The geology and geomorphology of the Coronet Peak and Arthurs Point landslide complexes (2000)
Type of ContentTheses / Dissertations
Degree NameMaster of Science
PublisherUniversity of Canterbury. Geology
AuthorsWilletts, Amanda Jayneshow all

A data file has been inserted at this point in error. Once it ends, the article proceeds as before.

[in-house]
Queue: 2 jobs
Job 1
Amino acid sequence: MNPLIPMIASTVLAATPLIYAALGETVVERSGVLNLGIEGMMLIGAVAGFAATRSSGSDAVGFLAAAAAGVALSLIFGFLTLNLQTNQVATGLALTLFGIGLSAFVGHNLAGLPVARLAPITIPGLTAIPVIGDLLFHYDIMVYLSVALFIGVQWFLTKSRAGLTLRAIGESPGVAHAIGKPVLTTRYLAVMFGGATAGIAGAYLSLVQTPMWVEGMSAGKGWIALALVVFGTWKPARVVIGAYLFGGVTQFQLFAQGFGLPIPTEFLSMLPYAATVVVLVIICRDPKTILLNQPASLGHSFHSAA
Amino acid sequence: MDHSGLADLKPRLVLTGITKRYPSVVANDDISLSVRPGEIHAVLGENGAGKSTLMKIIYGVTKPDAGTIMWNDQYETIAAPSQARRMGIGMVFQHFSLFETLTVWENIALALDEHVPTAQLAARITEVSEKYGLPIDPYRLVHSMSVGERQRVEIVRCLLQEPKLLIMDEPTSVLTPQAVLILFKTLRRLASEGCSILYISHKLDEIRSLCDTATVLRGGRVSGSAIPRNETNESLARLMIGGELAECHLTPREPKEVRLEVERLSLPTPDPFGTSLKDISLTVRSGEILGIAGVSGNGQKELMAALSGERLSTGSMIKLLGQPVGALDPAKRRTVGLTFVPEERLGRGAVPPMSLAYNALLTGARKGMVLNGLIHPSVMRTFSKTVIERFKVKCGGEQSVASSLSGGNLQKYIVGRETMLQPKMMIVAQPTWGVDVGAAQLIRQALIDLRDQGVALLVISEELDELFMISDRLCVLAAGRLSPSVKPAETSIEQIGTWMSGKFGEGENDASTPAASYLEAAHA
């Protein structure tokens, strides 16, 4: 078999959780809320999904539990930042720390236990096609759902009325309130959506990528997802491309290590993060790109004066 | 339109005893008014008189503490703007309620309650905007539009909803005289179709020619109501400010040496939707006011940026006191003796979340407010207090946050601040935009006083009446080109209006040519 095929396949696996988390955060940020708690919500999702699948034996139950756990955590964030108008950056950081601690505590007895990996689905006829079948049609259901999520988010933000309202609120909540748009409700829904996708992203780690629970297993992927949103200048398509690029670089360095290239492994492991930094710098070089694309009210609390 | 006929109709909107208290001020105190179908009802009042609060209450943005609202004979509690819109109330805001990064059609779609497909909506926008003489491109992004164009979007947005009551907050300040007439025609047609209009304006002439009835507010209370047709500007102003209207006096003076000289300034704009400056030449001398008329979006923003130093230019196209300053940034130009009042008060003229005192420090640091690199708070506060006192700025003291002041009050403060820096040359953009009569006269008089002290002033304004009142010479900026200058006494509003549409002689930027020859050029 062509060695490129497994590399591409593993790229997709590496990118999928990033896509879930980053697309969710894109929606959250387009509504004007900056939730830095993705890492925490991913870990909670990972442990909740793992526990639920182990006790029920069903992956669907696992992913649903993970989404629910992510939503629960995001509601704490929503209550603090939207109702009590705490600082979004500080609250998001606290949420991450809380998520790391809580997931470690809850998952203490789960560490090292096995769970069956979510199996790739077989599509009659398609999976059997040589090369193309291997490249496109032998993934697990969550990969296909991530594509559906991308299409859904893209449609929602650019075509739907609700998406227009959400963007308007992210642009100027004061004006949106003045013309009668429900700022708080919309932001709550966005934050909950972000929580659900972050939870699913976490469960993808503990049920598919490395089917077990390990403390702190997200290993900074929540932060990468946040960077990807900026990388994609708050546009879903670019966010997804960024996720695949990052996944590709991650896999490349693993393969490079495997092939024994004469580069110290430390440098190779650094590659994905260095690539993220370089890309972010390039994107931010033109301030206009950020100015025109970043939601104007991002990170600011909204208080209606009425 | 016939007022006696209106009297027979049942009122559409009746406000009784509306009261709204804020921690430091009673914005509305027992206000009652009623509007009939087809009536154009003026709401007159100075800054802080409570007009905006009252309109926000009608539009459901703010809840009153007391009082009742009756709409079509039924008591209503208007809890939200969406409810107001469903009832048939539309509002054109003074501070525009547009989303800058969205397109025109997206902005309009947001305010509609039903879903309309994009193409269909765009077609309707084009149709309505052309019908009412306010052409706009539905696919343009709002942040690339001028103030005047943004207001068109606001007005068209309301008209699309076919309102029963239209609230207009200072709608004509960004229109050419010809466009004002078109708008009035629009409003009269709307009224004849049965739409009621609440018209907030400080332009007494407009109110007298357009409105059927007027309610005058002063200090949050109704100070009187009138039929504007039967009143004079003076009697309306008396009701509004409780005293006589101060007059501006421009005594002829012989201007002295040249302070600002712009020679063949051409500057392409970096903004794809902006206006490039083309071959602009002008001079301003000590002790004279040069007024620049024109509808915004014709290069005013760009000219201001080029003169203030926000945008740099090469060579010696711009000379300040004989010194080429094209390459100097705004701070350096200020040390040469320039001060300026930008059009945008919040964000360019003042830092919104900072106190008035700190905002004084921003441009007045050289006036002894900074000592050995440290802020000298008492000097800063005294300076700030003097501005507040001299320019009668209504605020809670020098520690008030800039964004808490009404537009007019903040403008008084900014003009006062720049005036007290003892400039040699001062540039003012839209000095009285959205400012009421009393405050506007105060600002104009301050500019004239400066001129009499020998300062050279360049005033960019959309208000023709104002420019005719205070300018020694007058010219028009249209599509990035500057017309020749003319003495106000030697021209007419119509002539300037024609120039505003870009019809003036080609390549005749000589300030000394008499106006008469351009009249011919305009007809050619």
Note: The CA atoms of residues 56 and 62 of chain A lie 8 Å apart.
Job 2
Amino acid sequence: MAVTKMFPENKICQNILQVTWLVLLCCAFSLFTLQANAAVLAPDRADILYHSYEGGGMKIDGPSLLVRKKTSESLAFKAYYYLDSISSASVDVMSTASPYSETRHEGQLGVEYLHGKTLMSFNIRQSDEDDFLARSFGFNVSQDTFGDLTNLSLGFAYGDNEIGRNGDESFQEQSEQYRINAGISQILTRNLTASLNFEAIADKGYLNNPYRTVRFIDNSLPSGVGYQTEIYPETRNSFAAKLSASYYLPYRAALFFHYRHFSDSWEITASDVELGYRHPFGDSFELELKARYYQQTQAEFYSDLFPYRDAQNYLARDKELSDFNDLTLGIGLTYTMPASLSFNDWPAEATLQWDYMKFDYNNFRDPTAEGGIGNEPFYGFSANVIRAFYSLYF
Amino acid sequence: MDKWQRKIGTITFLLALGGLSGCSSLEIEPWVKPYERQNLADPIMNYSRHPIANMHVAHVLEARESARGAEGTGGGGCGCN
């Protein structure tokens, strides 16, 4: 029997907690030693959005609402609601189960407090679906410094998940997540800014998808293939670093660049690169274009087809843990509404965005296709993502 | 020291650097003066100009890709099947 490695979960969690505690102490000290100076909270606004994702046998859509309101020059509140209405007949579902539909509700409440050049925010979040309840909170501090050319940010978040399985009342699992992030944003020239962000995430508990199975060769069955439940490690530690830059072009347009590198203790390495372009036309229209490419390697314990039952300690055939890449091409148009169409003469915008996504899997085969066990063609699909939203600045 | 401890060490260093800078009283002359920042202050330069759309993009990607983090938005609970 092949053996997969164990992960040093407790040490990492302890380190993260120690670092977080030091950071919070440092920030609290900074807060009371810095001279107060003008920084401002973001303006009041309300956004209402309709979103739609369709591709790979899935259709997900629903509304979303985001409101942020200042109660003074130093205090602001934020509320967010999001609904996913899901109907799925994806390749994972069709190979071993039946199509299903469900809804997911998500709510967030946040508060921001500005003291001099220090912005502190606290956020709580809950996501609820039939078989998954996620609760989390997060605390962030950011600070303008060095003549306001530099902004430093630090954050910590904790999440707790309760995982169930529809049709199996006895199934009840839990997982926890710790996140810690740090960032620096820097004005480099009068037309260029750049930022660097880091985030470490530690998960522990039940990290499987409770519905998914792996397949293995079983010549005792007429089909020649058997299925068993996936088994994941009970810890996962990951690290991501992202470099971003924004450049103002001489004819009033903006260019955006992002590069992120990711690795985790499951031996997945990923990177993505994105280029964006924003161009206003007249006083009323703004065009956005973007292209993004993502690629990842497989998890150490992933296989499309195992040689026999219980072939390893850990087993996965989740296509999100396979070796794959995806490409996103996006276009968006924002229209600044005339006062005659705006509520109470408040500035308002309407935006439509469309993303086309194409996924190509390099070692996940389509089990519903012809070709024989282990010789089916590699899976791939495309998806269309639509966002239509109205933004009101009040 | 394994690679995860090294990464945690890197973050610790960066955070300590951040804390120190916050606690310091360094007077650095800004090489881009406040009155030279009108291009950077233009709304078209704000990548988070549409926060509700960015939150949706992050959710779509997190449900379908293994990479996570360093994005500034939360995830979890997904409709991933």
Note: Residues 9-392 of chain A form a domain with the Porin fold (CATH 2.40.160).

The Coronet Peak and Arthurs Point Landslides have both formed in schist bedrock on the northwestern side of the Wakatipu Basin. The rock masses at both sites show evidence for the presence of many defects, such as foliation, schistosity, foliation shears, sheared and crushed zones, faults and joints, all which have formed as a result of the deformation and metamorphism the schist has undergone. The Arthurs Point Landslide has a volume of 2.4 x 10⁷m³, and is a wedge failure, with sliding occurring along the intersection of two master joint sets rather than foliation, the latter dipping into the slope. It is a retrogressive failure, with the eastern part having failed as a consequence of undercutting of the slope during the Last (Otiran) Glaciation. Actual failure of the eastern segment occurred after retreat of the ice left the valley sides over steepened and unsupported, whilst failure of the western part was related to the rock above the initial failure being left unsupported and incision of the Shotover River. The Coronet Peak landslide is a translational planar slide with a volume of approximately 1 x 10⁹m³ that failed along foliation and/or foliation shears, and the slide can be divided into zones (Zone A and B), based on morphological evidence. Zone A is the larger zone (it has a volume of 6 x 10⁸m), and has well-developed hummocky topography, indicating continued but slow movement (probably less than 2-5mm/yr) as it has no form of toe support removal. Initial failure of the Coronet Peak landslide was triggered by ice undercutting and subsequent retreat of the Wakatipu Basin, most probably during the Waimean Glaciation (approx 135 000 years ago), as it was during this ice advance that the Wakatipu Glacier extended all the way into the Wakatipu Basin and partially up the Shotover and Arrow Valleys. Zone B can be divided into three subzones, which are all different reactivations. Zone B1 is a reactivated part of the Coronet Peak landslide and was triggered by the ice erosion related to the Otiran Glaciation. Evidence for this is seen on the valley floor at the toe of Coronet Peak landslide, with the Old Ben Lomond moraine situated adjacent to the end of the reactivated part. Most surficial glacial deposits in the Wakatipu Basin are related to the Otiran advance. Zone B2 is a reactivation within this, and was triggered by incision of the Shotover River. Zone B3 consists of two reactivations, both possibly related to flood events of the Shotover River. Back analysis of the Coronet Peak Landslide were performed, to ascertain whether the model used for the landslide is appropriate. The results showed that the model is a reasonable one. It is feasible to build on the Arthurs Point and Coronet Peak landslides, as long as it is not at the usual densities. With landslide debris, the foundation materials are not always compacted well, and therefore injudicious excavation could cause reactivations, like at the Coronet Plaza, where trimming a small amount of rock off the toe of the CPL to allow room for extensions caused some of the toe area to reactivate. The other important factor when building on landslides is surface and subsurface water, as more water in the slope than normal will increase the instability. Building at the usual densities would increase the area being excavated, and so the disruption to the foundation materials, and it would increase the amount of water to be controlled.